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SPOTLIGHT | Nouméa

A Taste

As the capital of a French territory, Nouméa is full of fabulous fresh produce and wonderful wines from the motherland. With such easy access to French cheeses, meats, pâté, foie gras, cakes and pastries made with flour shipped from France, why go all the way to Europe to indulge in such delicacies when these local purveyors and shopkeepers have done the importing for you? Walk the streets and you will see an astounding array of boulangeries, boucheries, pâtisseries, crêperies, chocolatiers and charcuteries. This is because the locals uphold the Parisian preference for buying food from separate specialty stores. If you’re on a budget, grab a buttery croissant or a croque monsieur (toasted ham and cheese sandwich). Another inexpensive treat is a salted caramel crêpe with vanilla ice cream. For a Kanak custom, go to the morning markets near Port Moselle Marina, where women in flowery muumuus sell fresh fruit while the men at seafood stalls haggle over the catch of the day. For lunch, the city offers more than 150 restaurants ranging from casual cafés to sophisticated gourmet venues. Many of the top

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chefs have trained in France’s most highly rated establishments and are now sharing their knowledge with younger local chefs. The Latin Quarter has plenty of classic French three-course set menus. Afterwards, don’t miss the fantastic coffee and desserts. French-Asian fusion is popular, and you can also expect to see Indonesian, Vietnamese, Chinese, Japanese, Italian and Indian restaurants. A smaller number of restaurants specialise in brousse (bush) Kanak meals. Among the Kanak favourites is bougna, a hearty dish that contains taro, yam, sweet potato, banana and pieces of chicken, fish, crab, prawns or lobster marinated in coconut milk. It’s all wrapped in banana leaves and cooked in an underground oven. Ultimately, the city’s range of cuisines reflects the diversity of this destination, which caters to many tastes. Like a good recipe, Nouméa effortlessly combines its assorted ingredients into a delightful dish — a slice of paradise to be slowly savoured and shared.

photoS by: (Variety of bread) Netfalls - Remy Musser/shutterstock.com; (Assorted Cured Meats) Lisovskaya Natalia/Shutterstock.com.

of France

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BAYS

Baie des Citrons Translates as ‘bay of lemons’, but there’s nothing sour about this sweet spot. Most likely to be sheltered from the wind, Baie des Citrons is best for more upmarket beachside dining. Côte Blanche Also a good option for watching the parade of sailboards or trying your hand at water sports, this coastal stretch is ideal for walking and jogging. Amédée Island This is the place to go for white-sand beaches. Glass-bottom boat rides uncover New Caledonia’s amazing double-barrier coral reef — the secondlongest in the world after Australia’s Great Barrier Reef.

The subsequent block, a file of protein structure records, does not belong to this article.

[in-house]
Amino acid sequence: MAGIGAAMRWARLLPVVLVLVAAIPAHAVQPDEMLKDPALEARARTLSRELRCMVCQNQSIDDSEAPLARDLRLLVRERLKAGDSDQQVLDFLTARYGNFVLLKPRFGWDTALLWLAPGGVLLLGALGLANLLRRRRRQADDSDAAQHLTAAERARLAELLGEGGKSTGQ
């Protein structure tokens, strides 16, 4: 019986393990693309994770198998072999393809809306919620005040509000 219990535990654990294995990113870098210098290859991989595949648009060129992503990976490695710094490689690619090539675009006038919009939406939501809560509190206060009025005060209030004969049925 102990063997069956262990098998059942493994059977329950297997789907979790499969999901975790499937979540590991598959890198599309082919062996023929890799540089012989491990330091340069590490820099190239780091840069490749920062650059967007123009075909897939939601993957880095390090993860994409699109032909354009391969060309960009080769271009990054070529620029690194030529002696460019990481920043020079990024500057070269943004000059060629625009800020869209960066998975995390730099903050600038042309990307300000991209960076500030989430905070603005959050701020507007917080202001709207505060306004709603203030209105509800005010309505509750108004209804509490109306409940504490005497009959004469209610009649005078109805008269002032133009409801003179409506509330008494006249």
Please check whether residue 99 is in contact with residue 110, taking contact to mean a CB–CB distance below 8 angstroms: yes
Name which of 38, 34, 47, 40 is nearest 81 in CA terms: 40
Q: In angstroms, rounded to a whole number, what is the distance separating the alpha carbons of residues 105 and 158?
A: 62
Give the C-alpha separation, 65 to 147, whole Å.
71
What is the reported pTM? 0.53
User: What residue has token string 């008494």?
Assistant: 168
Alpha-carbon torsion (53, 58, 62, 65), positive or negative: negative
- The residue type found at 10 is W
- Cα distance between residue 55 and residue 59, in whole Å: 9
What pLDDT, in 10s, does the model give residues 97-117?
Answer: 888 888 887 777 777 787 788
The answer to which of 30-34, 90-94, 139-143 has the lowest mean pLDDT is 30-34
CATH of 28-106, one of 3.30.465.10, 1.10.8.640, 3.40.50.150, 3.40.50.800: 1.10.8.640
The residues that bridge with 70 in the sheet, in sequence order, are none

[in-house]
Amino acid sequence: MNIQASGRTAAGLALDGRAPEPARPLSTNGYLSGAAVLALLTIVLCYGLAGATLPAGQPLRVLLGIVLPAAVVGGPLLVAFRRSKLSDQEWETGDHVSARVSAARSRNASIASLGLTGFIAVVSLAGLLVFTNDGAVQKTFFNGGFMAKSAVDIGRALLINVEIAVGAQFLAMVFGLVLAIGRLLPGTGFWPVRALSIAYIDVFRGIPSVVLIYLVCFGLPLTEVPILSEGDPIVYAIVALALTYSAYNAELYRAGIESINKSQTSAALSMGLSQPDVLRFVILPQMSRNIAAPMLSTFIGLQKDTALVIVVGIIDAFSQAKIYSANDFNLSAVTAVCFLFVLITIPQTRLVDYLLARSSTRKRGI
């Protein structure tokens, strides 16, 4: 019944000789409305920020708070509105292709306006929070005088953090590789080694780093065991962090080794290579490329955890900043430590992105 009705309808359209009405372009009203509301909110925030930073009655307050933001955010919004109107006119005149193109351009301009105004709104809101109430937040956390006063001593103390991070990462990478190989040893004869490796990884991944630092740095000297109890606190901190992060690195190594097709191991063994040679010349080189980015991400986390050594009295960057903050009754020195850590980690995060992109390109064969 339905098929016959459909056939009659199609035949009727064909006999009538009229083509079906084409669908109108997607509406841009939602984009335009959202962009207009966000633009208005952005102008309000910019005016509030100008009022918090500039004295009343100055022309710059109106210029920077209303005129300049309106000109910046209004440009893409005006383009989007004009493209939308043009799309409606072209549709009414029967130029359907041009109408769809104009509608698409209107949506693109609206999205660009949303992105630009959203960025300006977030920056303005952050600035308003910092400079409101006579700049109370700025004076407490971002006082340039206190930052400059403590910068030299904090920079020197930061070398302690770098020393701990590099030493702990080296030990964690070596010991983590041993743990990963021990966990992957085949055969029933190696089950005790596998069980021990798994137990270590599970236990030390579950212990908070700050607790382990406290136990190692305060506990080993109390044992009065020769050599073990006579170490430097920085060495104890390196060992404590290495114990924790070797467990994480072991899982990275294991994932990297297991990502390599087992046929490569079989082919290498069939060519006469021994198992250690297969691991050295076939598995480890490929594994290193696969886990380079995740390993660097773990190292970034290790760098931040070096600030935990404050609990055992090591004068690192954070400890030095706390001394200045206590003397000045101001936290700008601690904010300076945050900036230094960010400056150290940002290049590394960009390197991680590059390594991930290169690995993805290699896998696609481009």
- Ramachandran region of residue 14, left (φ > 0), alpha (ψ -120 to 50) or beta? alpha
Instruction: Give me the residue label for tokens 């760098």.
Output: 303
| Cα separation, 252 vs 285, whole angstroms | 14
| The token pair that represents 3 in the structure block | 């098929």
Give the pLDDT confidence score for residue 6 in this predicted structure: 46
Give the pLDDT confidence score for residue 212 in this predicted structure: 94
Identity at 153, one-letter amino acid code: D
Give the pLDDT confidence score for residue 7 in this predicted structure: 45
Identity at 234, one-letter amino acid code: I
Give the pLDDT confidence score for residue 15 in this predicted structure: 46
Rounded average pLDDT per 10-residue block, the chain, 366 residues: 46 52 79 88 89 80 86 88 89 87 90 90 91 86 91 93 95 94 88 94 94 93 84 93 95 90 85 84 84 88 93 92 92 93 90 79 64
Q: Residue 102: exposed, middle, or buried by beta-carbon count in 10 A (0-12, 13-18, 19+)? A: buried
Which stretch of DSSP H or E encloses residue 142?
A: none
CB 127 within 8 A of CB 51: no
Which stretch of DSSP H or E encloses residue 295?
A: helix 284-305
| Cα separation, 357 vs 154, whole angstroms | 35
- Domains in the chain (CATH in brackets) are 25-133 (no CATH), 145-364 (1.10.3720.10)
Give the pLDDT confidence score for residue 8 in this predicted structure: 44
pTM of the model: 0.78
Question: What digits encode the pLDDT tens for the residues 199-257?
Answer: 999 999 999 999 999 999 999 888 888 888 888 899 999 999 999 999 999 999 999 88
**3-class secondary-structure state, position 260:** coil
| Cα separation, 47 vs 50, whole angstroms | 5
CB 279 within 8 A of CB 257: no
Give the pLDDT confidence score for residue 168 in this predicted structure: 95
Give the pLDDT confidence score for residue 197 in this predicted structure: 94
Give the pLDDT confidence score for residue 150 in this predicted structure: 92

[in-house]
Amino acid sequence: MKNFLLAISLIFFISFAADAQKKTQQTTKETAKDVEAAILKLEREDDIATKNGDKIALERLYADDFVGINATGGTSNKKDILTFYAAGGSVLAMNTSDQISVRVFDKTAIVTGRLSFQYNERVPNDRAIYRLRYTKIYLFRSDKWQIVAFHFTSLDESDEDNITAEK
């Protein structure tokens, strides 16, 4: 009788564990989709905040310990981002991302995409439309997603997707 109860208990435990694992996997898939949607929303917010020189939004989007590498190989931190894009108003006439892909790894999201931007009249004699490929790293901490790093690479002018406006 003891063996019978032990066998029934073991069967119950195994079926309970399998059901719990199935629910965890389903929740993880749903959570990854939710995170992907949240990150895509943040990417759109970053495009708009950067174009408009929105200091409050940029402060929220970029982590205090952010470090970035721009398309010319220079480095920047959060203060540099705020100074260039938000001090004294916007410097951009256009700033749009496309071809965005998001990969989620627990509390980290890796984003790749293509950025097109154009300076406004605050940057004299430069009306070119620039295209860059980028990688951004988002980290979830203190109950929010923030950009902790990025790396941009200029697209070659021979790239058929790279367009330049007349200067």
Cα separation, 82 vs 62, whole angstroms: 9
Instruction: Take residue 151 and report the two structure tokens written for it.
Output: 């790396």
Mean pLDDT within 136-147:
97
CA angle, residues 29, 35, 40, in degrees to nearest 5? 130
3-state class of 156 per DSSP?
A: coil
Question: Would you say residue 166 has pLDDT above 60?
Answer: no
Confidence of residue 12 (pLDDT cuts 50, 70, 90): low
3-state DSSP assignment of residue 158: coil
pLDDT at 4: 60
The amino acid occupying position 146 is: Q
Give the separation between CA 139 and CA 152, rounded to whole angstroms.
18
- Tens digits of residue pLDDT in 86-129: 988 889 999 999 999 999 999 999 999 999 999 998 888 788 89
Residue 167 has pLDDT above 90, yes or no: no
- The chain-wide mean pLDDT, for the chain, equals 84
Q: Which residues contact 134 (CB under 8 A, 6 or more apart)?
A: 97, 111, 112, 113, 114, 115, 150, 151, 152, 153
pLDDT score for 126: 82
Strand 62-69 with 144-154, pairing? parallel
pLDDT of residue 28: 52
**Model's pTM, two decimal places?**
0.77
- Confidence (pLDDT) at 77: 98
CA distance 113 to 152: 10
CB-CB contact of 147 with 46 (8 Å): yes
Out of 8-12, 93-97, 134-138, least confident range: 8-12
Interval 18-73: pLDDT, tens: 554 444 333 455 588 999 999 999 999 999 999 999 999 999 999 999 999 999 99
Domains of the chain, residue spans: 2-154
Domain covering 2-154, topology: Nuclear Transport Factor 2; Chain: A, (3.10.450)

photoS by: (Variety of bread) Netfalls - Remy Musser/shutterstock.com; (Assorted Cured Meats) Lisovskaya Natalia/Shutterstock.com.

Duck Island If you love snorkelling, Ile aux Canards (Duck Island) will have you quacking with joy. This tiny island has a stunning selection of colourful fish and coral. Don’t forget your reef shoes as the sand is rocky.

Nouméa's Gallic heritage means the best of French cuisine is within easy reach, from crusty breads to savory meats and cheese.

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Martin Valigursky/SHUTTERSTOCK.COM

Ports of Call Australia and South Pacific

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Ports of Call

Stunning landscapes and top-notch food and wine in New Zealand. French culture in New Caledonia. Firewalking in Fiji. The beaches of Vanuatu. It’s all waiting for you — time to go out and get it.

PACIFIC ISLANDS 36 Fiji 40 New Caledonia 46 Vanuatu

COASTAL CRUISES 53 Melbourne and Sydney

Martin Valigursky/SHUTTERSTOCK.COM

54 Tasmania

Palm trees guard the stunning lagoon under a blue sky in Fiji.

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Ports of Call AUSTRALIA 1 Sydney 2 Melbourne

Tasmania 3 Hobart 4 Port Arthur

FIJI 5 Port Denarau 6 Suva

NEW CALEDONIA 7 Isle of Pines 8 Lifou Island 9 NoumĂŠa

VANUATU 10 11 12 13

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Mystery Island Port Vila Santo Wala

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All are welcome. This message is conveyed by the smiling faces of Fiji’s people and in the official welcome song, “Bula Maleya,” which you may hear throughout your stay.

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photoS by: (sunrise beach) Pawel Papis/shutterstock.com; (Plumeria) anery/Shutterstock.com.

FIJI

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Good to Know Tuck In: The Fijian spin on ceviche, kokonda (ko-KON-da) makes a refreshing snack. Raw white coral trout is marinated overnight in lemon juice, which is replaced the next morning with the fresh white juice of a coconut. It’s topped off with sliced onion, tomato, chili and a pinch of salt. Eat it on the beach for added “Wow” factor. Cheers: Try an ice-cold schooner of Fiji Bitter or Fiji Gold. Give it a Go: For a thoroughly Fijian experience, visit Naililili Cathedral outside of Suva. The 100-year-old church was built from coral by early French Catholic missionaries. Today, local children from the nearby school knock visitors’ socks off with renditions of traditional welcome songs. Get Wet: Want to fish, snorkel, dive or swim? Port Denarau is the spot. (Even for you lazy types who just want to lounge about and listen to the strains of the locals’ guitars.)